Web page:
Fair Trade continues to go mainstream as Patagonia prepares to release 9 new Fair Trade styles. Partnering with Fairtrade USA for 3rd party verification (Patagonia already tracks its supply chain ethics internally), the leading outdoor apparel company has created a line of certified yoga clothing to be released in Fall 2014.
Patagonia releases 9 new Fair Trade styles–showing Fair Trade coming into the mainstream with this major outdoor apparel company. Partnering with Fair Trade USA to offer 3rd party verification (Patagonia already tracks its supply chain internally) on a line of yoga clothing to be released in Fall 2014. This includes a commitment to using Fair Trade cotton, having its factory conditions audited and certified by Fair Trade USA, and paying for products in accordance with Fair Trade terms, including a premium paid on each item sold into a worker-controlled fund. Works can vote on how to use the accumulated premium–on things like healthcare, education, or in a cash bonus.
Patagonia’s approach is expected to meet with success, especially among young millennials. This demographic of young consumers makes purchasing decisions more cautiously and excepts more–in quality and impact–from each purchase. Buying Fair Trade allows millenials to promote social and economic justice while experiencing a product that matches their values.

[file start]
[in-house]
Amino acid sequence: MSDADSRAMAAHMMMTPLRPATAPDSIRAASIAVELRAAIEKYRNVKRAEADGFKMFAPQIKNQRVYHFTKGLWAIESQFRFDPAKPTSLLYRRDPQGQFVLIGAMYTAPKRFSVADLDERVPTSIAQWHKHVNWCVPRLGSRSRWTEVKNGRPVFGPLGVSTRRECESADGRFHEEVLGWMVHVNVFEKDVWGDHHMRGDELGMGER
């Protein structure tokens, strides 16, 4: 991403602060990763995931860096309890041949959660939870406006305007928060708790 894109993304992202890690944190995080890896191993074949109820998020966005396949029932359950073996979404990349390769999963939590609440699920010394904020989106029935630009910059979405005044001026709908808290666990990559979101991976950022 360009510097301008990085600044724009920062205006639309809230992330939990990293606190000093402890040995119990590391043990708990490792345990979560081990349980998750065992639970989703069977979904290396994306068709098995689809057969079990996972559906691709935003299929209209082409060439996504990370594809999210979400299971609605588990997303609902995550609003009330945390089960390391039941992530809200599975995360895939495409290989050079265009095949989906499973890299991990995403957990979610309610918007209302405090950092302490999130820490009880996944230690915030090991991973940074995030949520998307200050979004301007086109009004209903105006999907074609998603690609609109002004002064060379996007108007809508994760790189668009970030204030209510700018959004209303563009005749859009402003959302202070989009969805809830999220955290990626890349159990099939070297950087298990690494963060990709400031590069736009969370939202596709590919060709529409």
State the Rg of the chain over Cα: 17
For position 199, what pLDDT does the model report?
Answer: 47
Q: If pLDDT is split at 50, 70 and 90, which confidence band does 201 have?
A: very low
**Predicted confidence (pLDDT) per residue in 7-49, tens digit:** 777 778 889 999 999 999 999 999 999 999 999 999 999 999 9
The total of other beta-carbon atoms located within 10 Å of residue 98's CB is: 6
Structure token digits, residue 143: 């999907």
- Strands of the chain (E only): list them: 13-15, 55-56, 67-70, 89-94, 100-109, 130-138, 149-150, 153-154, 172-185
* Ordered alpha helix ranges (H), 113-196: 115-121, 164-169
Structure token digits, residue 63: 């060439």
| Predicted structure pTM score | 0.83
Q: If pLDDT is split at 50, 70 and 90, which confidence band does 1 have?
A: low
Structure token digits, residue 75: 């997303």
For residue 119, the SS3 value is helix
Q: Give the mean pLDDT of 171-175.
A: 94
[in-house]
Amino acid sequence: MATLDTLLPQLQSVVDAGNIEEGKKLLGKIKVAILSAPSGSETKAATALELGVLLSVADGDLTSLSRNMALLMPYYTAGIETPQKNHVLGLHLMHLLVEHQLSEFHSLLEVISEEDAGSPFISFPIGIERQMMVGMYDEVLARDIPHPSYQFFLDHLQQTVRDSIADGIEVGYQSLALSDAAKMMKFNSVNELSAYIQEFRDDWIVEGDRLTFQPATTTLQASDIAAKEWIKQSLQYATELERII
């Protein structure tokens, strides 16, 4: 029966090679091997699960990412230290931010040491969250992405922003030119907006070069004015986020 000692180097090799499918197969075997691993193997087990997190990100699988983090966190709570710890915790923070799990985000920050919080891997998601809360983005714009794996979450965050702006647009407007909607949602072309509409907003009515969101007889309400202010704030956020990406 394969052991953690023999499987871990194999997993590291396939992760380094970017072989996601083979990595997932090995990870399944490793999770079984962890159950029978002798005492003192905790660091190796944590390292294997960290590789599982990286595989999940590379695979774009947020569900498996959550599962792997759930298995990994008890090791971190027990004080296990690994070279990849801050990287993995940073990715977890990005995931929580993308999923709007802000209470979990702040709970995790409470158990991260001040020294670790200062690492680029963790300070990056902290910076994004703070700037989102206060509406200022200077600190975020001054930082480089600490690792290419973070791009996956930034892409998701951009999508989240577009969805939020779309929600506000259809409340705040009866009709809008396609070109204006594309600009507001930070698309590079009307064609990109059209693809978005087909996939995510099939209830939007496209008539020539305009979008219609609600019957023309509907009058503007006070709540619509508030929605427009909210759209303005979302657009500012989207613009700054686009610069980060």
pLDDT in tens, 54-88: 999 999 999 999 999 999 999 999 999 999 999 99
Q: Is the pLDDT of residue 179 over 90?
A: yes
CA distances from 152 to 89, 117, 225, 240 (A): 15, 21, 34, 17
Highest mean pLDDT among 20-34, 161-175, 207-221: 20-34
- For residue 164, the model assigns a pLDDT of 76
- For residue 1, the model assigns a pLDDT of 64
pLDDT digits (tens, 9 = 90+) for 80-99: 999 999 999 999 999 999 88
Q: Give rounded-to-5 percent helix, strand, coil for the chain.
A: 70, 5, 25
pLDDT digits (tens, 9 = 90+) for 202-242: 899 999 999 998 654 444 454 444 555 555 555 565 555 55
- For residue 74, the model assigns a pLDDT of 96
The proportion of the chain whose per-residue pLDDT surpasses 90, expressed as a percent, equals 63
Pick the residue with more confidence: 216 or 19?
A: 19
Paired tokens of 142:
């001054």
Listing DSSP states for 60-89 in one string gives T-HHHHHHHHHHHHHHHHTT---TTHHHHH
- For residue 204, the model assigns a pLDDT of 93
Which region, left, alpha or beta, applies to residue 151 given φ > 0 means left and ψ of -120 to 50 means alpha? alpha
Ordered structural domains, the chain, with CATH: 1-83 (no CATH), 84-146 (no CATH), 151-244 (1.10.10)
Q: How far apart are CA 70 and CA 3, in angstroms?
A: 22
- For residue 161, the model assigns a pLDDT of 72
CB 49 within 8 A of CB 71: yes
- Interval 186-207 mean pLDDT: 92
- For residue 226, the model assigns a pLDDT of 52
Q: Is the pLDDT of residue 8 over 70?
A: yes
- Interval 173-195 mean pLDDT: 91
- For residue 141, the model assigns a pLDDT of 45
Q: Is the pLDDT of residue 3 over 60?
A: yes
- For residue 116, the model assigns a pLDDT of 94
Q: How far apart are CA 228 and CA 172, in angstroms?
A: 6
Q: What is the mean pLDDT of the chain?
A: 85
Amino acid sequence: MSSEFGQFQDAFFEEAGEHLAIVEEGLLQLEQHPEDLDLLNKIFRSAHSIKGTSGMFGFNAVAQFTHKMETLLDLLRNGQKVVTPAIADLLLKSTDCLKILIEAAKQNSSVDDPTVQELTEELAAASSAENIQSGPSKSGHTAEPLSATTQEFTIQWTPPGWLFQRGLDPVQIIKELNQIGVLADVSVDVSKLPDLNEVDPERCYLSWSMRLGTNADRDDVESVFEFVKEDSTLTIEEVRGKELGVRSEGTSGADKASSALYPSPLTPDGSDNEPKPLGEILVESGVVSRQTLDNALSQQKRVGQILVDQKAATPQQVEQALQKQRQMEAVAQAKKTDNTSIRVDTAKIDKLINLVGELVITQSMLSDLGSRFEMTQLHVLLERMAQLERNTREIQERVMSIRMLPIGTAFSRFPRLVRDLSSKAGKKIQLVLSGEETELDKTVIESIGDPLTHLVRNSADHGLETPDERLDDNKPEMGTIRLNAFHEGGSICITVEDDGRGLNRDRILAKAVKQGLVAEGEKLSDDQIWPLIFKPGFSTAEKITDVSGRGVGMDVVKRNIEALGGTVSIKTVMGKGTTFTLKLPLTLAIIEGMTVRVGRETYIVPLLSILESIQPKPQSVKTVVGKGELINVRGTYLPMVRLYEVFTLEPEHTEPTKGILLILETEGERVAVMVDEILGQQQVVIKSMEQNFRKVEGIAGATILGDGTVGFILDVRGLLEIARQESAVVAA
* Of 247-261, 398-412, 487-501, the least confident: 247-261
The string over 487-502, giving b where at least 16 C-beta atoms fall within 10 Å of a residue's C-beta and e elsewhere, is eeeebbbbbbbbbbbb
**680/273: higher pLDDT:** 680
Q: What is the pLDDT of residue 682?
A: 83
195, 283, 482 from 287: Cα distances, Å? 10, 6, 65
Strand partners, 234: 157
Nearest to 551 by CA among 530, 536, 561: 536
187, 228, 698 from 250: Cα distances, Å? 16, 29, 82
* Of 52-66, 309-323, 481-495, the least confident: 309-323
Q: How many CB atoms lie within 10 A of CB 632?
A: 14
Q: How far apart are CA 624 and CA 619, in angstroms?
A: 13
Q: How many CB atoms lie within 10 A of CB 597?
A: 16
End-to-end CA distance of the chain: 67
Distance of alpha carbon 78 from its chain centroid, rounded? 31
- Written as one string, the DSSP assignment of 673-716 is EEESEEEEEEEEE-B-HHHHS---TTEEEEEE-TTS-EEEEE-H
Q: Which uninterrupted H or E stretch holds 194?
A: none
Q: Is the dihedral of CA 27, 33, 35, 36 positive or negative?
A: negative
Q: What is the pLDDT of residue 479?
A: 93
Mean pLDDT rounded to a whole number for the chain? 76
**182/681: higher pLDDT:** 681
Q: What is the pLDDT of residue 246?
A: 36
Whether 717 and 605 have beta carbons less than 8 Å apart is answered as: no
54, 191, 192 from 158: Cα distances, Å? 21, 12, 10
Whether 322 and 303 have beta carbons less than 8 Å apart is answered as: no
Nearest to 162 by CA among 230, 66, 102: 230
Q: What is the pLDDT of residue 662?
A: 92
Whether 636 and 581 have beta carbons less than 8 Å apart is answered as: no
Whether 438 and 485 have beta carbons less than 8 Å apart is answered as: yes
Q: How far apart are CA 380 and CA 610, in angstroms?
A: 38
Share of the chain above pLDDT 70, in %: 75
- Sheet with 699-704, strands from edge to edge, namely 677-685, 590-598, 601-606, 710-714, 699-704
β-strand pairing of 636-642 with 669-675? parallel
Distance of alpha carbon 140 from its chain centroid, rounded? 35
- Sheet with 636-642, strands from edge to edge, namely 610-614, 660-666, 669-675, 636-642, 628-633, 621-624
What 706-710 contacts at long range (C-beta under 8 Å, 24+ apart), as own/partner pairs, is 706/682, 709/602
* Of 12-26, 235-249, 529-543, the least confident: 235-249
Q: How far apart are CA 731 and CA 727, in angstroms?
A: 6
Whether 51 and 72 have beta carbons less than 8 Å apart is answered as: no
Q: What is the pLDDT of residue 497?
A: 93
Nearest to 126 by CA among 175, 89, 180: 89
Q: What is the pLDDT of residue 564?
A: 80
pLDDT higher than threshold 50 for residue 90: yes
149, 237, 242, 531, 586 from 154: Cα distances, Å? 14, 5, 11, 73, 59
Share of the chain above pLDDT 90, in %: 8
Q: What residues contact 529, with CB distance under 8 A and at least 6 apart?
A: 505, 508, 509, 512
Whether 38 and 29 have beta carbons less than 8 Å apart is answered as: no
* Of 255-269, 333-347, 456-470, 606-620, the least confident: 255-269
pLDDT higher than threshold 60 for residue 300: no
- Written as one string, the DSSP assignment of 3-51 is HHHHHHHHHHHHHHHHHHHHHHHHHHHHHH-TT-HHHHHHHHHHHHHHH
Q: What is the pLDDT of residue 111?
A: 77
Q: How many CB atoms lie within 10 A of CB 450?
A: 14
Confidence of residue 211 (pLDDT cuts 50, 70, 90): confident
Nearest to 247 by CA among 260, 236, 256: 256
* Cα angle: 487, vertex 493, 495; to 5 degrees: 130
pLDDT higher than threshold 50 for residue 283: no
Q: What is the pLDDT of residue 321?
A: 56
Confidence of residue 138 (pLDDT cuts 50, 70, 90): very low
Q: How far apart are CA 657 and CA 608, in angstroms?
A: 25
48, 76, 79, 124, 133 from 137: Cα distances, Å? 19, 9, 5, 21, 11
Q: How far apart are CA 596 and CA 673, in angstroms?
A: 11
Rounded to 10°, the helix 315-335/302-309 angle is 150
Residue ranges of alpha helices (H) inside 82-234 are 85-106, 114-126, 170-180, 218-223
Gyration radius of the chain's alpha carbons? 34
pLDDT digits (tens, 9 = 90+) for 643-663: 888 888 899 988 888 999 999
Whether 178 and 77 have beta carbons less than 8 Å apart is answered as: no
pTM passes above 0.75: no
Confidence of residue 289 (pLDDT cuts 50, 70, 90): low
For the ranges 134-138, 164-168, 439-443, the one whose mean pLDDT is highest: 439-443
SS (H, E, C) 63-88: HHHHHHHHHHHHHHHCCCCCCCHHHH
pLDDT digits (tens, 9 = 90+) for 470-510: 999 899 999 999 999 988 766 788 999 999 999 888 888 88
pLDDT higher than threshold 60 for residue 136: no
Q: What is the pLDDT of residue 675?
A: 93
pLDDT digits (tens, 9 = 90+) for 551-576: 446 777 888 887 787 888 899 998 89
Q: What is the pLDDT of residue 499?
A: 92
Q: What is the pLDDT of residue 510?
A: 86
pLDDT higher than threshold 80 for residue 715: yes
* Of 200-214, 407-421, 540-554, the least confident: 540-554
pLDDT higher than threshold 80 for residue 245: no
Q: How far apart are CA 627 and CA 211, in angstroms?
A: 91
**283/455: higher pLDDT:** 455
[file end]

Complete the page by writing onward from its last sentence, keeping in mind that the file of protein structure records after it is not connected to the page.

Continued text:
Mainstream brands have exhibited varying levels of commitment to Fair Trade and economic justice. Some organizations, like Patagonia, are values-driven. Patagonia also has a reputation for ecological consciousness, especially after its provocative full-page ad in the New York Times on Black Friday 2011, telling customers “Don’t Buy This Jacket” in an attempt to get them to carefully consider the impact of their purchases.
Other companies pursue Fair Trade as part of corporate social responsibility, either proactively (to appeal to value-conscious consumers and present a good image) or defensively (to avert criticisms of a corporation’s business practices).
Although Fair Trade going mainstream means scaling up the numbers of consumers exposed to Fair Trade principles and the number of producers and artisans benefiting from better working conditions and just wages, companies may not be as committed as they appear to be. Starbucks does serve Fair Trade coffee in its stores, but in the US the percentage of certified coffee served hovers around 6%–much lower than most customers assume. And while Hershey chocolate aims to go Fair Trade by 2020, in response to pressure from dedicated activists, it is uncertain yet how this will play out in practice, given accusations that the company’s supply chain includes child labor and near-slavery conditions.
And yet on the other end of the scale, there are brands 100% committed to fair trade, like Ten Thousand Villages–or Amani itself! While you wait for Patagonia’s yoga styles, why not check out the yoga mats in our store?